What are the pros and cons of adding a second indoor cellular antenna?

Cell boosters. Everyone needs them. Even after all these years I’m surprised they aren’t in every home. I would have expected that all those tech-happy new homes you see being built would have them. I don’t know what the issue is, but all I can tell you is I certainly blog about them enough. It isn’t me.

The good news about cell boosters

When you buy a cellular signal booster, you get everything you need. It’s actually required by the government. You get the booster, the outdoor and indoor antenna, and all the cable you need for an average installation. But of course, this is Solid Signal. This isn’t where average people come. You, my Solid Signal faithful, are the sort who want to experiment. You want to get the most out of your purchase and you aren’t afraid to do a little work. So let’s dive in.

Why would you add a second cellular antenna?

Cellular transmissions are just like other radio waves. They come from a central point and go out in all directions like ripples in a pond. The problem is, most houses aren’t circular. Not only that, you’re probably not putting the cellular antenna right in the middle. Even with the most powerful boosters, there could be parts of the home that the boosted signal doesn’t reach.

Another reason to add a second antenna is to get past obstructions built into the home. Let’s say the cell antenna is on one side of the house. You’re on the other side of the house and the kitchen is in the middle. Kitchens are rough on cell signals. There are a lot of wires in the walls. The oven and refrigerator are big metal boxes that don’t let signals through. Decorative tiles are often tinted with metals that scatter signals. Not only that, if you got into that trend of using metal tiles on the walls or ceilings a few years ago, that’s going to make things even worse.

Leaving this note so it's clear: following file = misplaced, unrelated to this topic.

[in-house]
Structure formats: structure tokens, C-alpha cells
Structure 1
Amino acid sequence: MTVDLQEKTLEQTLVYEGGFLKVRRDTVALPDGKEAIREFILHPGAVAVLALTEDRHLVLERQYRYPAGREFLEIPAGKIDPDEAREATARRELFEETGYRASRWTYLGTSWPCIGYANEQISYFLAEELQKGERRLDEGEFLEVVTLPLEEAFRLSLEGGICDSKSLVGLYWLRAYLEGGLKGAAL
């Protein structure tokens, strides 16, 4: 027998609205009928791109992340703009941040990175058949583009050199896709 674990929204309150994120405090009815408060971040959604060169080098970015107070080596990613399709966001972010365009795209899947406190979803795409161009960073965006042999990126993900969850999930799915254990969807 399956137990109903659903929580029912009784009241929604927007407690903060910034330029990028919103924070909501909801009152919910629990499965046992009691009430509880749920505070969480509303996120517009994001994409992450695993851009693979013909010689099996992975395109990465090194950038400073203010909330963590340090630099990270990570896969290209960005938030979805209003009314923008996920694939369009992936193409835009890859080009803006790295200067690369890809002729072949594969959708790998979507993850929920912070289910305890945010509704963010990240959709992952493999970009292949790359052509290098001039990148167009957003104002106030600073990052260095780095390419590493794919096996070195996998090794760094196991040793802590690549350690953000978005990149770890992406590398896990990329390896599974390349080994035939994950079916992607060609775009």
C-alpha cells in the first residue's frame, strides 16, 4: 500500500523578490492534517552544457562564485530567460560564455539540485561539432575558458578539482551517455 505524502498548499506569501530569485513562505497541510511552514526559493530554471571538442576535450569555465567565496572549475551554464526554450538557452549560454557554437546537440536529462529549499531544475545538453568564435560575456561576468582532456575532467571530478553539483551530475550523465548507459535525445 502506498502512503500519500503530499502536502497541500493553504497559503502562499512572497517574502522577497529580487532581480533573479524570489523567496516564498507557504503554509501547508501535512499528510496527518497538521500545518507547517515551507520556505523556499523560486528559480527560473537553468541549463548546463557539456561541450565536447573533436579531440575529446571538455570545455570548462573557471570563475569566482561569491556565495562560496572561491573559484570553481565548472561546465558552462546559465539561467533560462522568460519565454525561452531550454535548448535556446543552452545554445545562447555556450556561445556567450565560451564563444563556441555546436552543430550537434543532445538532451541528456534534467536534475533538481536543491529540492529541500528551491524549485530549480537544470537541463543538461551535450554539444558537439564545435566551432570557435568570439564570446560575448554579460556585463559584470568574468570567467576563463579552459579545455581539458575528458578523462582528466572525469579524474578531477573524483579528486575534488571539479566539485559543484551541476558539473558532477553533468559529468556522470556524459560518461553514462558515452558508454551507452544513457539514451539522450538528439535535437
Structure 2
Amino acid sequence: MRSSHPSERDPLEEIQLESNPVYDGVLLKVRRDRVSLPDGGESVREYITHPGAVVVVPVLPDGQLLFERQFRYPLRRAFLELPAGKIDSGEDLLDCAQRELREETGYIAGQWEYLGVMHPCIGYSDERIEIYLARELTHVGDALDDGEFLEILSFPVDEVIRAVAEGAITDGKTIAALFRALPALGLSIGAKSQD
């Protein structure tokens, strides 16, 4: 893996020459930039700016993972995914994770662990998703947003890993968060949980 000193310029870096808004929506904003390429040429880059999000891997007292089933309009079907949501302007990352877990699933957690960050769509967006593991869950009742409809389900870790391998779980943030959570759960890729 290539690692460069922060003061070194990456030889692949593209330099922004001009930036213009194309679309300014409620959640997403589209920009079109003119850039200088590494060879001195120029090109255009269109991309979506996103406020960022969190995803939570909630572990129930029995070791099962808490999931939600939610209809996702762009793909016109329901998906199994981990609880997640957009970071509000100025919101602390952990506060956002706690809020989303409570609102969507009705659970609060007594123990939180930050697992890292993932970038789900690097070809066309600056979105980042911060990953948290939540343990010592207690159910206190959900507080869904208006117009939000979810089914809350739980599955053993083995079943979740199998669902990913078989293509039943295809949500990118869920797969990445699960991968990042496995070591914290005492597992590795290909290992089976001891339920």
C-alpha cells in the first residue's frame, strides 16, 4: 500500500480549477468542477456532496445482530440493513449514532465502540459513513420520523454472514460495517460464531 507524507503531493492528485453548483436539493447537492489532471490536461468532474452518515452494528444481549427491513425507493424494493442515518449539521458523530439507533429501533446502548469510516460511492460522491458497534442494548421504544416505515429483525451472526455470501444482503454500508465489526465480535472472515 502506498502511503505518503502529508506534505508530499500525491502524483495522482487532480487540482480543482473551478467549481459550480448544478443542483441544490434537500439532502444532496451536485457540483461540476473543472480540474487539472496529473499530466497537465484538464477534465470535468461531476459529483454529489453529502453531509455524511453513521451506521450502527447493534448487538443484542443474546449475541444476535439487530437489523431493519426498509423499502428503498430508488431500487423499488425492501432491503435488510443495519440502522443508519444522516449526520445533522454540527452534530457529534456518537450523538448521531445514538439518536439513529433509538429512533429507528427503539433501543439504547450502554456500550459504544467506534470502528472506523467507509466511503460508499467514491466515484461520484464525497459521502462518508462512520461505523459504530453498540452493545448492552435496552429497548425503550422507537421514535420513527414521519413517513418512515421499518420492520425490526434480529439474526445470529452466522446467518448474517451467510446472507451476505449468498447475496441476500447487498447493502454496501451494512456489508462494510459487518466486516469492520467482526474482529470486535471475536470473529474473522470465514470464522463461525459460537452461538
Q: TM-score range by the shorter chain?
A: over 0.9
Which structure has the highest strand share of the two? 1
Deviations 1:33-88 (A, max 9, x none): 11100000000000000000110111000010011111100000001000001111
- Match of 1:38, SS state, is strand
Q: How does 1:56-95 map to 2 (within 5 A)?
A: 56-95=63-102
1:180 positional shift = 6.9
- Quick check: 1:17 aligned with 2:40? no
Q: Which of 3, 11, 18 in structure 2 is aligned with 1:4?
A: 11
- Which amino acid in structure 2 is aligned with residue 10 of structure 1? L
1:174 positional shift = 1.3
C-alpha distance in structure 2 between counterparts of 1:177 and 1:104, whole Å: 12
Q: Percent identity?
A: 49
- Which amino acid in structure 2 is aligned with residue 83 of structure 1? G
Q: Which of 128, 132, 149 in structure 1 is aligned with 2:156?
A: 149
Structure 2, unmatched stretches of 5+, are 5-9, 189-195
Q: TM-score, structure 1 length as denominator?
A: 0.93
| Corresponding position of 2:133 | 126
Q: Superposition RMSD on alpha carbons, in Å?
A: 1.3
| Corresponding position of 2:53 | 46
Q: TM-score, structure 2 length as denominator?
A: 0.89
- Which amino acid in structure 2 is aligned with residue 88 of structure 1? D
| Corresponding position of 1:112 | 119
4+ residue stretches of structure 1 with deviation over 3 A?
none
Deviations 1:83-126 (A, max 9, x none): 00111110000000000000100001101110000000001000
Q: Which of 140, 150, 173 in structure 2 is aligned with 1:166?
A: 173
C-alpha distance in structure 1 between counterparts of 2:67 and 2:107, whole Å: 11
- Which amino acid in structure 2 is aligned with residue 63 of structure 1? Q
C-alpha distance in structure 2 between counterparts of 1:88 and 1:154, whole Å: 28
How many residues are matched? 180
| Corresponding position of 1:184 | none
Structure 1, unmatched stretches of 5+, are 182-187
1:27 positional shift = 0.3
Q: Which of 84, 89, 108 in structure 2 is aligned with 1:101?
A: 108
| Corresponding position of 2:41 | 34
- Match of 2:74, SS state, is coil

The bottom line is, a second antenna makes sense if there’s an area of the home that isn’t benefiting from having only one.

What additional antennas should I get?

There’s a decent selection of kits here at Solid Signal. For home use, you should be looking at the 75-ohm versions. The 50-ohm versions are for commercial use. However, if those aren’t appealing or you have a special need, you can really build your own kit. Start with a 75-ohm antenna,  and add virtually any splitter and RG6 cable. You’ll just need to know the pros and cons.

The pros

Obviously adding a second antenna is going to give you more coverage where you need it. It’s going to let you tailor the output of those antennas better to cover a rectangular house. It’s very easy to do this sort of thing and you don’t need to worry about one antenna interfering with another as long as you put the second antenna in an area the first can’t really reach. (That’s the point, right?) This is an inexpensive upgrade and very easy for your average DIYer.

The cons

There’s an old saying that “there ain’t no such thing as a free lunch.” When you split a signal, you don’t get two signals that are each as strong as the original. Just like you’d expect, signal strength after the splitter is about half what it was before the splitter. The splitter itself actually saps a bit of it, too.

Running a longer cable to a distant part of the house will also take away signal strength. Unless you’re running 200 feet or more, this isn’t a big concern, but it is a concern nonetheless.

The loss you introduce in the line can’t be compensated for, either. Inline cellular amplifiers aren’t legal in the US because of the potential that they’ll break the entire system. I suppose a smart DIYer could find a bidirectional amplifier in the right frequencies and adapt it, but just be careful. It doesn’t seem like a tiny little amp could be dangerous, I get it. However an overamplified signal can bring feedback into the system and that would cause it to shut down to avoid bringing down the whole cell network.

Should you split your cellular antenna signal?

In the end it’s up to you. I think it does make sense. We do it all the time in larger installations and if you’re comfortable with doing it yourself there’s no reason not to. Just be careful and be smart, and you’ll be ok.

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